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Topic: Whipper - Q sub-channels with CRC errors (Read 693 times) previous topic - next topic
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Whipper - Q sub-channels with CRC errors

I have used Whipper on my Arch Linux laptop to rip CDs.  On every single CD I have ripped, I keep getting this errors when the CD is scanned, before the rip starts:

Code: [Select]
Track 1 finished, found 23 Q sub-channels with CRC errors
Track 2 finished, found 183 Q sub-channels with CRC errors
Track 3 finished, found 145 Q sub-channels with CRC errors
Track 4 finished, found 30 Q sub-channels with CRC errors
Track 5 finished, found 25 Q sub-channels with CRC errors
Track 6 finished, found 19 Q sub-channels with CRC errors
Track 7 finished, found 33 Q sub-channels with CRC errors
Track 8 finished, found 111 Q sub-channels with CRC errors
Track 9 finished, found 36 Q sub-channels with CRC errors
Track 10 finished, found 35 Q sub-channels with CRC errors
Track 11 finished, found 122 Q sub-channels with CRC errors

The CDs rip just fine and I get a 100% Rip Quality after every track.  Does anyone know what these CRC errors are?

I tried using Google and most of the links I found just said your CD drive is having difficulty reading the disc.  But I'm getting these on every CD I have tried to rip so far.

Could it be the CD drive itself.  I'm using an external bus powered USB 3 LG DVD drive, that looks like a laptop drive put into an external enclosure.

So, my two big questions are:

  • Do I need to worry about these errors, if the rip quality of every track is 100%?
  • Is there a better CD drive I can use to rip CDs?  Would something internal the PC work better than an external bus powered drive?

Re: Whipper - Q sub-channels with CRC errors

Reply #1
According to wikipedia (hxxps://en.wikipedia.org/wiki/Compact_Disc_subcode):

Channel Q is used for control purposes of more sophisticated players. It has three different modes, but with a common structure for all of them.[1]
Control bits: The first four bits are used for control, each being a flag for a different feature:
Four-channel compact disc digital audio flag: indicates that the track uses four-channel audio (applies only to CD-DA). This is very rarely used on Compact Discs.
Data flag: Indicates that this track contains data (rather than audio). Can be used for muting in audio CD players. Not used in the original CD-DA standard, added in the CD-ROM specifications.
Digital copy permission flag: Used by the Serial Copy Management System to indicate permission to digitally copy the track.
Pre-emphasis flag: The audio track was recorded with pre-emphasis (applies only to CD-DA). Used very rarely on Compact Discs.
Mode bits: The next four bits indicate the mode of the Q channel, which can vary from 1 to 3, and define the structure and contents of the next bits.
Data bits: The next 72 bits contain Q-channel data, and their structure depends on the mode define in the previous bits.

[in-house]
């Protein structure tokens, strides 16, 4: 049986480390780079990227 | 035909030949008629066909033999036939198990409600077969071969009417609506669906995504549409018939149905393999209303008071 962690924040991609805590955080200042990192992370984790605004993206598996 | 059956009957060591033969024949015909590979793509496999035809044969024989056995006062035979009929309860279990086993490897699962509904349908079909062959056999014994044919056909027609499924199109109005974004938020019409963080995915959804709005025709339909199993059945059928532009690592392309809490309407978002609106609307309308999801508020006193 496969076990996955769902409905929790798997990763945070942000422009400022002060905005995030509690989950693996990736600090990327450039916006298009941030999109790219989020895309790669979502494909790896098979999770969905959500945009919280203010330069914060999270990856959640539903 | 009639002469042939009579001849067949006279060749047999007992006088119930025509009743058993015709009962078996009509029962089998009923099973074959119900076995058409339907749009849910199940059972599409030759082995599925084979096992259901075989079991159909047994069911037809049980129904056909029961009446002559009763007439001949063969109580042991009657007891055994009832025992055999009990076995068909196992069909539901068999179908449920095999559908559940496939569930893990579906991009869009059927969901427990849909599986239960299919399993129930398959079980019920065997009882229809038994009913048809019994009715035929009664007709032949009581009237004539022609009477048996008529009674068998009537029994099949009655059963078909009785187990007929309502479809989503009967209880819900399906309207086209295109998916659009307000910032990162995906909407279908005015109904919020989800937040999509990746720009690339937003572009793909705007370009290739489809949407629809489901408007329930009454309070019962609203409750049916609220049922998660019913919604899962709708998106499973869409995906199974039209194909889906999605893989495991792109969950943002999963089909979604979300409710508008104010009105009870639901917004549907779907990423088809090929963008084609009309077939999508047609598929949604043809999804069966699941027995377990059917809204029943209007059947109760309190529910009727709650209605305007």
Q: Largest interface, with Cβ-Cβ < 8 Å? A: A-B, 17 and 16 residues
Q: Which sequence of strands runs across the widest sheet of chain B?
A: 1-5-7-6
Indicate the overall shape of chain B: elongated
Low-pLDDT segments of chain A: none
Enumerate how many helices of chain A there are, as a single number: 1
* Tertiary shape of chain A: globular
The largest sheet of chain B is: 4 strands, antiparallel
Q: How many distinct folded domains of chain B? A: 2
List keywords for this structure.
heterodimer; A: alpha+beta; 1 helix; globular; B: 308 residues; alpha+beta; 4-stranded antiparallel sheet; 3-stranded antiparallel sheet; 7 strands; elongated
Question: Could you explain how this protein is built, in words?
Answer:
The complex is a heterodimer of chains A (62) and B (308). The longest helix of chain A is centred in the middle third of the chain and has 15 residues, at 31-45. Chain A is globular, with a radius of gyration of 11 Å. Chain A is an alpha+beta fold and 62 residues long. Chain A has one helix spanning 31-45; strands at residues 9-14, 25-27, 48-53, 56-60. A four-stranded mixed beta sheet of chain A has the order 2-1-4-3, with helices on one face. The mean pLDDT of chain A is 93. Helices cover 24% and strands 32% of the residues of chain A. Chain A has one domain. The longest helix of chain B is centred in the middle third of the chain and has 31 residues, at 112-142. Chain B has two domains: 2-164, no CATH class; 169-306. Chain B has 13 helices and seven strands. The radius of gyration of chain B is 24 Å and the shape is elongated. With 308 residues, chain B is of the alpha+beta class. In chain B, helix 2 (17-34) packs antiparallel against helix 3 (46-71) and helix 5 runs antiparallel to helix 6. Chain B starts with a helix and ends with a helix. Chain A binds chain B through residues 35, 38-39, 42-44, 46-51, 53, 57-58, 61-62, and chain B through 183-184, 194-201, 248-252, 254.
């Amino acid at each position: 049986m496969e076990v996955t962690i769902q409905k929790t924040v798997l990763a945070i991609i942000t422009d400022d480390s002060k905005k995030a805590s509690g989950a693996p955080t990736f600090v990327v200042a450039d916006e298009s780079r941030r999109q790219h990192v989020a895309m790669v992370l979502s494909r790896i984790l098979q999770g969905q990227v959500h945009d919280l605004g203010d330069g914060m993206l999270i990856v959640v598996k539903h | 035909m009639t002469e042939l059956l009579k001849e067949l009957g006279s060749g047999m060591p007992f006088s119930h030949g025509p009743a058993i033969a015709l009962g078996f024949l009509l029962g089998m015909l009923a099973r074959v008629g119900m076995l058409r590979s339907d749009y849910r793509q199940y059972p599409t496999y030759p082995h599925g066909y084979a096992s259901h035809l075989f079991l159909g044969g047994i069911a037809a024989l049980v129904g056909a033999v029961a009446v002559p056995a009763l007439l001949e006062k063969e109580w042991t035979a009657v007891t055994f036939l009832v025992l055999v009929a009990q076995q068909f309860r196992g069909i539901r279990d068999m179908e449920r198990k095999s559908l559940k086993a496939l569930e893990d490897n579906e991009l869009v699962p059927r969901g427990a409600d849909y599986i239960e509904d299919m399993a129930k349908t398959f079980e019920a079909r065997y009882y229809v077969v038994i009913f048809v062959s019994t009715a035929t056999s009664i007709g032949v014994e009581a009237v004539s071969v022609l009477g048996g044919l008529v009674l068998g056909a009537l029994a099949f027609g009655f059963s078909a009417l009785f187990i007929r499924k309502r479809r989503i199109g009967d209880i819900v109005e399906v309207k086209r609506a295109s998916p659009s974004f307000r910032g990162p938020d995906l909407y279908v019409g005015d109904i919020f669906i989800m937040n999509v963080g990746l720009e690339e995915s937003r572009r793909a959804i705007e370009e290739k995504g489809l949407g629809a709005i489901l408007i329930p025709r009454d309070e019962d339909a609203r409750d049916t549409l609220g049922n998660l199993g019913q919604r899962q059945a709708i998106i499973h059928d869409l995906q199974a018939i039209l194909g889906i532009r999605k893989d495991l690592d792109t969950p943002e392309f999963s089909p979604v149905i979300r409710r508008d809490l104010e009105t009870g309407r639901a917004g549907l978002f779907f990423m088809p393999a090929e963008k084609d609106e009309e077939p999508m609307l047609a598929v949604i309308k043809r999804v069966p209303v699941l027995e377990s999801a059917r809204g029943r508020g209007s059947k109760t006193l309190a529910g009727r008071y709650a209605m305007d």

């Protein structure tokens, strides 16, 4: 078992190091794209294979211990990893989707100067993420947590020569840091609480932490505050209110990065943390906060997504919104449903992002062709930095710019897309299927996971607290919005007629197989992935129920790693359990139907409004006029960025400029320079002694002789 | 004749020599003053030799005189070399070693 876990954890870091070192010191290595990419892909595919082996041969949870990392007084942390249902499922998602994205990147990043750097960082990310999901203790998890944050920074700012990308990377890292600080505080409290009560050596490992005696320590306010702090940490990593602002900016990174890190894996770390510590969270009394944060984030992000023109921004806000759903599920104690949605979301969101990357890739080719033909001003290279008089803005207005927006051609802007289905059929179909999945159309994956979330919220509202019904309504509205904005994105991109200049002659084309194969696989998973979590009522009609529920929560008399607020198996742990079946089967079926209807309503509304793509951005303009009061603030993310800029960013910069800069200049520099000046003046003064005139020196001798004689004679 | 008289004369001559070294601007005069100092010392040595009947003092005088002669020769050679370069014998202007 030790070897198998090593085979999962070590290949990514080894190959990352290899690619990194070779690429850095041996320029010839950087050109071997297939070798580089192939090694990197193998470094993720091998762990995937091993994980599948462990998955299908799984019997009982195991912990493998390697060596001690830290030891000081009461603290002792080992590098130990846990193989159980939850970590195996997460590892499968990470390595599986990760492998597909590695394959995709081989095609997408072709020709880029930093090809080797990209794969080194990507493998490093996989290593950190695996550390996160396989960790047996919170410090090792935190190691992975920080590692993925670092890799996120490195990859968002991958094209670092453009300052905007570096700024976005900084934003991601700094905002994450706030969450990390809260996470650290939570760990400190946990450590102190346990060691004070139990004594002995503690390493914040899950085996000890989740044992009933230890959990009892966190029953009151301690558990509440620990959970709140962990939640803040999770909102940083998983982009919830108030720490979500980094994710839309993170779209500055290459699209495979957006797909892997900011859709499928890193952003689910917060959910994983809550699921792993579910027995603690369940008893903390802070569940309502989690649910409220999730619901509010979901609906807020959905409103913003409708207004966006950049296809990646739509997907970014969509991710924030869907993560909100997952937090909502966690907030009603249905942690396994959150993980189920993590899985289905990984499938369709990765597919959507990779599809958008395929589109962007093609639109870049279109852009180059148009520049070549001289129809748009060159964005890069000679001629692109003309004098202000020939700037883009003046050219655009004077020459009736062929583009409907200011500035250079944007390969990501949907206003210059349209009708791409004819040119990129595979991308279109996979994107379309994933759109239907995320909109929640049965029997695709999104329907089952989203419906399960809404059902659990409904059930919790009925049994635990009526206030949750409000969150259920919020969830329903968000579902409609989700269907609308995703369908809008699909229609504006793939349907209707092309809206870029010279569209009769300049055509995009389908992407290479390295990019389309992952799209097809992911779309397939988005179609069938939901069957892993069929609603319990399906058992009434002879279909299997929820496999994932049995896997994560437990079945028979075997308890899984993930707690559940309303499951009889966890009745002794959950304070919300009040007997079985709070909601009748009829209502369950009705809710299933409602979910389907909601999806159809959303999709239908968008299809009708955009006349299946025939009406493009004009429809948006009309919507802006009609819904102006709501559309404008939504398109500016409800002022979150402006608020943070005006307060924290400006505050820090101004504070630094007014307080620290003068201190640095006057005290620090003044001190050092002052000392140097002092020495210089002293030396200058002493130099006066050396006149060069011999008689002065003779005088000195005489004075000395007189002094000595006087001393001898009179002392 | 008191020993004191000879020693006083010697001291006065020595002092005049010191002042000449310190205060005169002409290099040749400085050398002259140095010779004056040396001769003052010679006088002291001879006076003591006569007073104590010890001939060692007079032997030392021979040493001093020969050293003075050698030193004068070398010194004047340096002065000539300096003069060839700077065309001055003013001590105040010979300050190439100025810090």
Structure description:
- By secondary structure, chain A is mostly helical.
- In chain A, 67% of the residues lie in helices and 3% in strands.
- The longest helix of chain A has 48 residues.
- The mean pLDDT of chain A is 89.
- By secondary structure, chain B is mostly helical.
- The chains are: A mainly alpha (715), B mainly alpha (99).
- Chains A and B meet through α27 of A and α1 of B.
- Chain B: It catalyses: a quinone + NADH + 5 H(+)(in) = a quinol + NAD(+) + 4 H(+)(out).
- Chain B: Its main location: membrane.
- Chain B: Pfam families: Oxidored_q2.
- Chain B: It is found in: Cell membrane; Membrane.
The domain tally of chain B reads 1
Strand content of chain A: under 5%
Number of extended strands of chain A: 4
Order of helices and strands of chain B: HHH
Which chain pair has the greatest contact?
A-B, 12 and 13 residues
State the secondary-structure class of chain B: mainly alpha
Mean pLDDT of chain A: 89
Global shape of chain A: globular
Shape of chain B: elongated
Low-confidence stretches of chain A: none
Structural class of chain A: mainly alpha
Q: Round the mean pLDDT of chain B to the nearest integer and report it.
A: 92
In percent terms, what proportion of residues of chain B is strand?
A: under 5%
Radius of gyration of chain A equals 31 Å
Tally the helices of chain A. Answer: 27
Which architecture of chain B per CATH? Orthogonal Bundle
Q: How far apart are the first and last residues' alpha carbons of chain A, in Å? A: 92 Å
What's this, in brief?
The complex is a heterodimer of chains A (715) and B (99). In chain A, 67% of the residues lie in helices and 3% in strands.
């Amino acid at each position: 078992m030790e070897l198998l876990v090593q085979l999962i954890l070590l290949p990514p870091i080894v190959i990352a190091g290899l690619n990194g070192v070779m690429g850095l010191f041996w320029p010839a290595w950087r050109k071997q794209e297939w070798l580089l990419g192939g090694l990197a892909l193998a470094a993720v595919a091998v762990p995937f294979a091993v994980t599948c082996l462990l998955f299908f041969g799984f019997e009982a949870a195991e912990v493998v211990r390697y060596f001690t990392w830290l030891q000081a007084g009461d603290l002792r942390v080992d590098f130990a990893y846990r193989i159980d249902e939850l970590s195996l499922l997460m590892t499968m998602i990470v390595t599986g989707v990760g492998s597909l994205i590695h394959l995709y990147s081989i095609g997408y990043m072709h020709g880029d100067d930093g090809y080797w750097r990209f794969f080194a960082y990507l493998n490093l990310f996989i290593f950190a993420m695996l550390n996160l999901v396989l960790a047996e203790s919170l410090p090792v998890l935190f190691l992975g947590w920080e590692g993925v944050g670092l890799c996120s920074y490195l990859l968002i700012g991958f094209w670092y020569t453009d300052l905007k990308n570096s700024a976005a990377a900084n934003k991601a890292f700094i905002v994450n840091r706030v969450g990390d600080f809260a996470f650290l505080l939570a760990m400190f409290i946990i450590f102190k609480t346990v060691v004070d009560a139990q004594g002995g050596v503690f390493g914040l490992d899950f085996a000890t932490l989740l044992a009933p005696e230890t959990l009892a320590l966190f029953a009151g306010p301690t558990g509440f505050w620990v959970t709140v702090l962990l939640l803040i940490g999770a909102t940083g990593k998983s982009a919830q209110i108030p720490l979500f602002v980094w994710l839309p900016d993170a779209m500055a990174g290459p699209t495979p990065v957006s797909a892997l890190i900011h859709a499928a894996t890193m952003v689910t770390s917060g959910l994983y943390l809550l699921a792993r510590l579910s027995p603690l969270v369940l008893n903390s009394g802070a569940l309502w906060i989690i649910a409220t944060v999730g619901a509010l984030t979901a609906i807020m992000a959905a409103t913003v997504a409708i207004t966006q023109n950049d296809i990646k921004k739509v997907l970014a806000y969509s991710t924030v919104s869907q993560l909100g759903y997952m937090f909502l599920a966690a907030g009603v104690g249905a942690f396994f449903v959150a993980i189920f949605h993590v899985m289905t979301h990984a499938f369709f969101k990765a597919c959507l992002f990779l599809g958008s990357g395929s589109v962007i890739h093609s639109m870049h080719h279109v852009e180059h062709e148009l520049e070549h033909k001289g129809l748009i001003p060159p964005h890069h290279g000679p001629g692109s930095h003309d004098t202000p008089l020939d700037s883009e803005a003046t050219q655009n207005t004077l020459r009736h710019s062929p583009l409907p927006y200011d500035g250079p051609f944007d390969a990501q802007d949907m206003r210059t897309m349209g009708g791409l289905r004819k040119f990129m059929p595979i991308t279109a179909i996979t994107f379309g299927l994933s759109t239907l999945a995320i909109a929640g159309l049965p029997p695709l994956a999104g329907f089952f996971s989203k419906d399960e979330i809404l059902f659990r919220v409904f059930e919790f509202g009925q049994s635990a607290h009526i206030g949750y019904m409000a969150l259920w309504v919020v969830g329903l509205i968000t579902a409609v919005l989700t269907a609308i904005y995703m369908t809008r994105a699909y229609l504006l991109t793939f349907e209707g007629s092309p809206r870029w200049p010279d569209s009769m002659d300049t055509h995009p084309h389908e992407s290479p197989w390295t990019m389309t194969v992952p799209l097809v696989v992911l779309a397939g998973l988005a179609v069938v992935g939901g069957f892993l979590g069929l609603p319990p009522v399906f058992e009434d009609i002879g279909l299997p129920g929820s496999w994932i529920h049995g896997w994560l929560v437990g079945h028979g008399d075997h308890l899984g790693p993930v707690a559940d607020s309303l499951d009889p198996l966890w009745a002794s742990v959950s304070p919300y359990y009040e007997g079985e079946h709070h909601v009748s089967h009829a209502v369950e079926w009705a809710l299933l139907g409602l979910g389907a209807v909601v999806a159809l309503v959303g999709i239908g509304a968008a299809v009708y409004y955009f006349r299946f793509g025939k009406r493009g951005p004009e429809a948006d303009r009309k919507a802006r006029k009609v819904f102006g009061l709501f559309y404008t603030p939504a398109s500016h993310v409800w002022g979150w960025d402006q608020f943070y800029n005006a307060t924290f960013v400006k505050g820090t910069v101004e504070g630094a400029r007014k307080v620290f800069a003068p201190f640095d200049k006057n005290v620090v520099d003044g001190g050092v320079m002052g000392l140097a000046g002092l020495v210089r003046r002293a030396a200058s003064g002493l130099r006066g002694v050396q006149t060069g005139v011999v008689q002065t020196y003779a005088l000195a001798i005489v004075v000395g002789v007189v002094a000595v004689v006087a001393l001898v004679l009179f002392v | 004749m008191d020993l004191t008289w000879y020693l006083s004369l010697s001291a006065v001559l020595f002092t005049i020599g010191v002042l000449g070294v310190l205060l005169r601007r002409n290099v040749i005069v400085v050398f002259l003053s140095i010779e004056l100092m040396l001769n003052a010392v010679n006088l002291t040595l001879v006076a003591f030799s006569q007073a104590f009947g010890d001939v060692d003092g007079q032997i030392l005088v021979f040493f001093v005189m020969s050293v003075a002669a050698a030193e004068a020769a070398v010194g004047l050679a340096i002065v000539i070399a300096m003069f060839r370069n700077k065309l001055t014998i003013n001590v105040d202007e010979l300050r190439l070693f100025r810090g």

Q Mode 1: In this mode, the data bits contain the Table of Contents of the session (if the Q channel is in the lead-in area), or timing information for the current track (if the Q channel is in the program and lead-out areas of a session).
Q Mode 2: In this mode, the data bits contain the Media Catalog Number (MCN) of the disc.
Q Mode 3: In this mode, the data bits contain an International Standard Recording Code (ISRC) for each track (applicable to CD-DA only). The ISRC is used by the media industry, and contains information about the country of origin, the year of publication, owner of the rights, as well as a serial number.
Cyclic redundancy check bits: The last 16 bits contain an error detection code computed over the previous bits of the channel.

Never heard of the app you used, I would reccomend to use something that can check disks against accuraterip database, to be sure if the rip is error-free.
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Re: Whipper - Q sub-channels with CRC errors

Reply #2
Whipper does use the accuraterip database and it says the cd was ripped successfully.

Re: Whipper - Q sub-channels with CRC errors

Reply #3
Maybe the program reports how many frames of Q subchannel were corrupted on each track. Then a program could use the next correctly read frame to retrieve the barcode or ISRC. Because the subchannels do not have error correction, unlike the main data, some will likely contain errors. The subcodes are not part of the ripped audio anyway.

Re: Whipper - Q sub-channels with CRC errors

Reply #4
I have often wondered if CDs do degrade over time, and the only reason my 30-year-old CDs are playing and ripping just fine is because of the error correction.

Re: Whipper - Q sub-channels with CRC errors

Reply #5
Only the audio data is error corrected (with the help of lots of ECC).  The subchannels are the wild-wild-west, with only the little CRC to indicate some bit(s) is amiss.  But the CRC itself is as safe as the rest of the subchannel bits, not very safe at all.  Every. Single. CD. will do this.  Often the record can be corrected based on history, at least the ones that matter.  Even the ones with a bad CRC can be corrected, usually more often than not.  But none of this affects the audio bits.  That's why everything in the subchannels repeats over and over and over... until the end of the disc.  There's no reason to report these CRC errors to the end-user (you, me, anyone).

 
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